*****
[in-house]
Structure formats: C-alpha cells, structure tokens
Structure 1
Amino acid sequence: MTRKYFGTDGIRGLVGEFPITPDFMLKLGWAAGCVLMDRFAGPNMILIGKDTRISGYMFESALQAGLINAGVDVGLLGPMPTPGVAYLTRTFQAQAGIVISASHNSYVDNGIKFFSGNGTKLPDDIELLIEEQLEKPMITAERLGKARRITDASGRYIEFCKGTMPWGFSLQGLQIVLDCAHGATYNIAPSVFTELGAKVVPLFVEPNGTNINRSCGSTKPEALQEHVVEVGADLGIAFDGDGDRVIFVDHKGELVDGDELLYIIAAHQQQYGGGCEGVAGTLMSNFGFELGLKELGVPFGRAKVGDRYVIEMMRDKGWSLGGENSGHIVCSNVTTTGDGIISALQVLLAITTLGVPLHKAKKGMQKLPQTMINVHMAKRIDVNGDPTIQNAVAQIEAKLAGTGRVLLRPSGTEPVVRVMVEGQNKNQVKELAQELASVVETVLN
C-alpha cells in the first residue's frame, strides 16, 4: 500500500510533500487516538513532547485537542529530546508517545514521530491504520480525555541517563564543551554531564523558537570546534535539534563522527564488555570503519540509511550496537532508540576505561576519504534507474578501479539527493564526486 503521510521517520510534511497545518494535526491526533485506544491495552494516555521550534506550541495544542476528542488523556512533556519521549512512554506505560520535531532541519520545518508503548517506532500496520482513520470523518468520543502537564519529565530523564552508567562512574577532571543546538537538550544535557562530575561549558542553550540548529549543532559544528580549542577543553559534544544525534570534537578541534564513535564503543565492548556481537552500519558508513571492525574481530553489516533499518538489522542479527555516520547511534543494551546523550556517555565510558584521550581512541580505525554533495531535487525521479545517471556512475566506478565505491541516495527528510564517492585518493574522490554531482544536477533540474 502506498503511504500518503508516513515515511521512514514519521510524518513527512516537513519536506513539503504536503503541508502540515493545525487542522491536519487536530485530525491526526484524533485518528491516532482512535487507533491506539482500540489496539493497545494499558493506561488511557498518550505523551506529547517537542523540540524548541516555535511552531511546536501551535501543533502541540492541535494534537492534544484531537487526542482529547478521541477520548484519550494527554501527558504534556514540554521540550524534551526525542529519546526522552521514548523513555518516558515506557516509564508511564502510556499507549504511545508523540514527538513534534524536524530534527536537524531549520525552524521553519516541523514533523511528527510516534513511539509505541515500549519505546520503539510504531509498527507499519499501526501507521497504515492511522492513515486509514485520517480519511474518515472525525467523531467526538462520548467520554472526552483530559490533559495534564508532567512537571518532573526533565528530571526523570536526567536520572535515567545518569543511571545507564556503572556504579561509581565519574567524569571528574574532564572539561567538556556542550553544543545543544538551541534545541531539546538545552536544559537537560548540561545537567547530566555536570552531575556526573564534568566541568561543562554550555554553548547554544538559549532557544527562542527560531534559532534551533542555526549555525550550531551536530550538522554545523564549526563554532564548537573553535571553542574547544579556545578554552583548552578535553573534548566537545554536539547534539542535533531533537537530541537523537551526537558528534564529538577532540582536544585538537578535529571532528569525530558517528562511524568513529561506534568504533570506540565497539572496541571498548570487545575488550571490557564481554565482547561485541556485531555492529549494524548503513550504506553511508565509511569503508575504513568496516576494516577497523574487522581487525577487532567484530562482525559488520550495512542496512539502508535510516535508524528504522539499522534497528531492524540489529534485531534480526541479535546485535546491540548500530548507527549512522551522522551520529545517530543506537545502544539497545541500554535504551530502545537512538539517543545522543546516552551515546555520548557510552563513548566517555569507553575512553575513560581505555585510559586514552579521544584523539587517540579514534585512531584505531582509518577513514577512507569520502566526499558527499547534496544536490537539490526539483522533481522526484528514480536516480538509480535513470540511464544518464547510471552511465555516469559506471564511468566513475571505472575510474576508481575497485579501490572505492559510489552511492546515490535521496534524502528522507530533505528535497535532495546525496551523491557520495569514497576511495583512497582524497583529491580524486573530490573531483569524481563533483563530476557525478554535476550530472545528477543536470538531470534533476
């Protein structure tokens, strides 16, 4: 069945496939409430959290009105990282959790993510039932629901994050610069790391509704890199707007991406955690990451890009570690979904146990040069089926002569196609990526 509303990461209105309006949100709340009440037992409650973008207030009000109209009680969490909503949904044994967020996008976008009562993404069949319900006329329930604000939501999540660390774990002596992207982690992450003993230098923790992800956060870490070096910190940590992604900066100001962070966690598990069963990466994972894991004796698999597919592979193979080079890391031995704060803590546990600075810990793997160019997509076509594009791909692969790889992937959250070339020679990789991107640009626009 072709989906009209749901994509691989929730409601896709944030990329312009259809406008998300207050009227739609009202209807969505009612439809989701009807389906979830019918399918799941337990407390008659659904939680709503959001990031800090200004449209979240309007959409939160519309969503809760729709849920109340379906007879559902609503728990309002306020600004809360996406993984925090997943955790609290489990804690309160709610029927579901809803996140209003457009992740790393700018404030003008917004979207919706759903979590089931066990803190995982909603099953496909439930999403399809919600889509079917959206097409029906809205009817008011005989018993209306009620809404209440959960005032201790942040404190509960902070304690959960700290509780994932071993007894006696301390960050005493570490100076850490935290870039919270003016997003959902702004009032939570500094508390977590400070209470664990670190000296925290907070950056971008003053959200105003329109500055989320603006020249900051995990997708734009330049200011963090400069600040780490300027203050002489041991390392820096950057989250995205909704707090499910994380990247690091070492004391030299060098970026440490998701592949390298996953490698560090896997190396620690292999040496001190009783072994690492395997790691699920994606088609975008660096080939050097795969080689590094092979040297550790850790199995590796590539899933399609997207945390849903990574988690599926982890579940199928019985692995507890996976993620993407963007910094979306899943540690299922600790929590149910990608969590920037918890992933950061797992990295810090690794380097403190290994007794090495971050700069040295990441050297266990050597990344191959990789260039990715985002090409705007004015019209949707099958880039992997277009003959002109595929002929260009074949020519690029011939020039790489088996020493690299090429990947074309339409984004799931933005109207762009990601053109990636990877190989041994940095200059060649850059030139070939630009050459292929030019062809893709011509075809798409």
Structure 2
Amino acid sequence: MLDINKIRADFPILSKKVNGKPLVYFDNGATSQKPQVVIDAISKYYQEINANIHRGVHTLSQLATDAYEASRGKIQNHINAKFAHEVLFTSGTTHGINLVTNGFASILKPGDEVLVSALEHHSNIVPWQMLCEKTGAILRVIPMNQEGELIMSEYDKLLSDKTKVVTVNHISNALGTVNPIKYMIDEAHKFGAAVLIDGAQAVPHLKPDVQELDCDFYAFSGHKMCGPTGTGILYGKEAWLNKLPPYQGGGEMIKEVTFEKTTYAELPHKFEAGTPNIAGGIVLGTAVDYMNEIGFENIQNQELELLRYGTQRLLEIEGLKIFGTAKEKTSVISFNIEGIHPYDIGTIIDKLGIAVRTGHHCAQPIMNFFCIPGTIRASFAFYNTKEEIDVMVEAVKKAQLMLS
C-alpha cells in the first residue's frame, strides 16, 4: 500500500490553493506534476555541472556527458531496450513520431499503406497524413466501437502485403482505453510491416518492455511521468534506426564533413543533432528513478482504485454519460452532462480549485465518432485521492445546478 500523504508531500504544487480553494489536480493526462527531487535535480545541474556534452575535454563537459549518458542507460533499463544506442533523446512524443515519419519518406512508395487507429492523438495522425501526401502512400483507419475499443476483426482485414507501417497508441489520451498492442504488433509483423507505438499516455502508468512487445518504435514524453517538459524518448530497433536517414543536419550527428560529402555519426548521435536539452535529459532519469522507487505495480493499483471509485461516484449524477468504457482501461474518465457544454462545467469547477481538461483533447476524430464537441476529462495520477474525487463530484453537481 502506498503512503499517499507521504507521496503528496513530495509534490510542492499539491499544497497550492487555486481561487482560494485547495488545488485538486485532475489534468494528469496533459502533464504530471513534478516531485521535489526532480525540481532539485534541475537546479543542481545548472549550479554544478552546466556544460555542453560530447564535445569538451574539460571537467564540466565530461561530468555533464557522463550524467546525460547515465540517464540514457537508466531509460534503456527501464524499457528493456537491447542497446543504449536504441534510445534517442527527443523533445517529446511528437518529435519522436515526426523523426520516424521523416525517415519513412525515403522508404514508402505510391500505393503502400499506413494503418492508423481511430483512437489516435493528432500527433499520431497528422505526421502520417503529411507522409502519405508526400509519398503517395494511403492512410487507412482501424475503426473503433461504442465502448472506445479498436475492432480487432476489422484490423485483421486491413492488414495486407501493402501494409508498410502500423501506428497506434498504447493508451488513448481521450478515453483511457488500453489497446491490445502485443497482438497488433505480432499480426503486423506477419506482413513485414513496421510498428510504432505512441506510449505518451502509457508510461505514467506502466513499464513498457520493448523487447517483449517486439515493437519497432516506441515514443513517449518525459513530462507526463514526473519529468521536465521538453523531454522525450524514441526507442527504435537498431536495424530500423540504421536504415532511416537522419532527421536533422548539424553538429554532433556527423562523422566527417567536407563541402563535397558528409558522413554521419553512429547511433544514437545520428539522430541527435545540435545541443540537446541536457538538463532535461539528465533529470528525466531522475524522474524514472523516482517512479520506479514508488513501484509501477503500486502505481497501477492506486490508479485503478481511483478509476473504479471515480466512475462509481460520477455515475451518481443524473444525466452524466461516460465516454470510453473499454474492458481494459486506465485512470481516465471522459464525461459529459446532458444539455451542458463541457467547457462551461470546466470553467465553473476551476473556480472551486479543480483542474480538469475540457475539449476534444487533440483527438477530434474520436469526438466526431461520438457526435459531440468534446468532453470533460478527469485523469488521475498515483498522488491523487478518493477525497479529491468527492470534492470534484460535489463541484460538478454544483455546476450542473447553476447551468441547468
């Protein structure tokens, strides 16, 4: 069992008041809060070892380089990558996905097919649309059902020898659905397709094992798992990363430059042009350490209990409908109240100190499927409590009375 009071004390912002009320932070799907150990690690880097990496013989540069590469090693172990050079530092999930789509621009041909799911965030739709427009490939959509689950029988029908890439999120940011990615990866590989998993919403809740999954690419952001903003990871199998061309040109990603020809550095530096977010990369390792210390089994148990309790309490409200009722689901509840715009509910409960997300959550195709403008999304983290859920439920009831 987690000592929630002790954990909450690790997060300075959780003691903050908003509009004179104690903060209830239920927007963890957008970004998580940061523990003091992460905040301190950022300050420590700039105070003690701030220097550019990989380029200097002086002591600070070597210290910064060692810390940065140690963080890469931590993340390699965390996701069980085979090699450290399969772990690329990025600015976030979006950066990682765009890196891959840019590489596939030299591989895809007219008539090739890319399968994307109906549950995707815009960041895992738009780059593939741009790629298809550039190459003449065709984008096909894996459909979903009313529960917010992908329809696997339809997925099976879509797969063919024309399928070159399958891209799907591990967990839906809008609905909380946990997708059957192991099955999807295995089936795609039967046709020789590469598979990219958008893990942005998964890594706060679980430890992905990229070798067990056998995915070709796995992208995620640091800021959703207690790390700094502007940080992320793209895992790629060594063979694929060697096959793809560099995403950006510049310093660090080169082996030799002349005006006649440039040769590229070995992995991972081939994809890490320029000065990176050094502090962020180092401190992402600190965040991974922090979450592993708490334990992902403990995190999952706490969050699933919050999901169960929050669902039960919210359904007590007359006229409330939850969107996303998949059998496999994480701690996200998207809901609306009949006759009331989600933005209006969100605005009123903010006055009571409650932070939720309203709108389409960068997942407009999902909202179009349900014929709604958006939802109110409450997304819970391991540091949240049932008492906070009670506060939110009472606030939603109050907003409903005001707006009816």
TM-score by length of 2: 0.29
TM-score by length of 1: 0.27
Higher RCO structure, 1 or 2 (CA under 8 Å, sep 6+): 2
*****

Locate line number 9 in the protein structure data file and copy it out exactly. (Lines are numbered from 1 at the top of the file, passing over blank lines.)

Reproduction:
C-alpha cells in the first residue's frame, strides 16, 4: 500500500490553493506534476555541472556527458531496450513520431499503406497524413466501437502485403482505453510491416518492455511521468534506426564533413543533432528513478482504485454519460452532462480549485465518432485521492445546478 500523504508531500504544487480553494489536480493526462527531487535535480545541474556534452575535454563537459549518458542507460533499463544506442533523446512524443515519419519518406512508395487507429492523438495522425501526401502512400483507419475499443476483426482485414507501417497508441489520451498492442504488433509483423507505438499516455502508468512487445518504435514524453517538459524518448530497433536517414543536419550527428560529402555519426548521435536539452535529459532519469522507487505495480493499483471509485461516484449524477468504457482501461474518465457544454462545467469547477481538461483533447476524430464537441476529462495520477474525487463530484453537481 502506498503512503499517499507521504507521496503528496513530495509534490510542492499539491499544497497550492487555486481561487482560494485547495488545488485538486485532475489534468494528469496533459502533464504530471513534478516531485521535489526532480525540481532539485534541475537546479543542481545548472549550479554544478552546466556544460555542453560530447564535445569538451574539460571537467564540466565530461561530468555533464557522463550524467546525460547515465540517464540514457537508466531509460534503456527501464524499457528493456537491447542497446543504449536504441534510445534517442527527443523533445517529446511528437518529435519522436515526426523523426520516424521523416525517415519513412525515403522508404514508402505510391500505393503502400499506413494503418492508423481511430483512437489516435493528432500527433499520431497528422505526421502520417503529411507522409502519405508526400509519398503517395494511403492512410487507412482501424475503426473503433461504442465502448472506445479498436475492432480487432476489422484490423485483421486491413492488414495486407501493402501494409508498410502500423501506428497506434498504447493508451488513448481521450478515453483511457488500453489497446491490445502485443497482438497488433505480432499480426503486423506477419506482413513485414513496421510498428510504432505512441506510449505518451502509457508510461505514467506502466513499464513498457520493448523487447517483449517486439515493437519497432516506441515514443513517449518525459513530462507526463514526473519529468521536465521538453523531454522525450524514441526507442527504435537498431536495424530500423540504421536504415532511416537522419532527421536533422548539424553538429554532433556527423562523422566527417567536407563541402563535397558528409558522413554521419553512429547511433544514437545520428539522430541527435545540435545541443540537446541536457538538463532535461539528465533529470528525466531522475524522474524514472523516482517512479520506479514508488513501484509501477503500486502505481497501477492506486490508479485503478481511483478509476473504479471515480466512475462509481460520477455515475451518481443524473444525466452524466461516460465516454470510453473499454474492458481494459486506465485512470481516465471522459464525461459529459446532458444539455451542458463541457467547457462551461470546466470553467465553473476551476473556480472551486479543480483542474480538469475540457475539449476534444487533440483527438477530434474520436469526438466526431461520438457526435459531440468534446468532453470533460478527469485523469488521475498515483498522488491523487478518493477525497479529491468527492470534492470534484460535489463541484460538478454544483455546476450542473447553476447551468441547468